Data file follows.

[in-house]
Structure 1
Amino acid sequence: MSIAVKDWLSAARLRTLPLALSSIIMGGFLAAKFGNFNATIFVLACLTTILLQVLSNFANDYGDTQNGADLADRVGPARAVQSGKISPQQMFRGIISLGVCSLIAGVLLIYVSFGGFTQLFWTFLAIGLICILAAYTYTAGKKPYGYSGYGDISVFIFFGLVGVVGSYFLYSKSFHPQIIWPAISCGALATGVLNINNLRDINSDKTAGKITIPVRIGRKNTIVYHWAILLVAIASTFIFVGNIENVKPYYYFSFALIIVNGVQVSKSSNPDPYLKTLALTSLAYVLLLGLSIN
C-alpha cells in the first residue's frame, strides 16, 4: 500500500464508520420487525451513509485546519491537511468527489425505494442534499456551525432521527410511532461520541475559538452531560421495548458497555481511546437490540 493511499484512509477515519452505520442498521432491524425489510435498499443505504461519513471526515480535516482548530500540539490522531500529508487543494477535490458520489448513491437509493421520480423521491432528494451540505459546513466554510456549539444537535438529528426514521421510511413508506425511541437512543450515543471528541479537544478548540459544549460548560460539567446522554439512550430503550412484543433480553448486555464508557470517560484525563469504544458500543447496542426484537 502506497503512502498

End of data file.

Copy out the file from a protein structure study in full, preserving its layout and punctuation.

[in-house]
Structure 1
Amino acid sequence: MSIAVKDWLSAARLRTLPLALSSIIMGGFLAAKFGNFNATIFVLACLTTILLQVLSNFANDYGDTQNGADLADRVGPARAVQSGKISPQQMFRGIISLGVCSLIAGVLLIYVSFGGFTQLFWTFLAIGLICILAAYTYTAGKKPYGYSGYGDISVFIFFGLVGVVGSYFLYSKSFHPQIIWPAISCGALATGVLNINNLRDINSDKTAGKITIPVRIGRKNTIVYHWAILLVAIASTFIFVGNIENVKPYYYFSFALIIVNGVQVSKSSNPDPYLKTLALTSLAYVLLLGLSIN
C-alpha cells in the first residue's frame, strides 16, 4: 500500500464508520420487525451513509485546519491537511468527489425505494442534499456551525432521527410511532461520541475559538452531560421495548458497555481511546437490540 493511499484512509477515519452505520442498521432491524425489510435498499443505504461519513471526515480535516482548530500540539490522531500529508487543494477535490458520489448513491437509493421520480423521491432528494451540505459546513466554510456549539444537535438529528426514521421510511413508506425511541437512543450515543471528541479537544478548540459544549460548560460539567446522554439512550430503550412484543433480553448486555464508557470517560484525563469504544458500543447496542426484537 502506497503512502498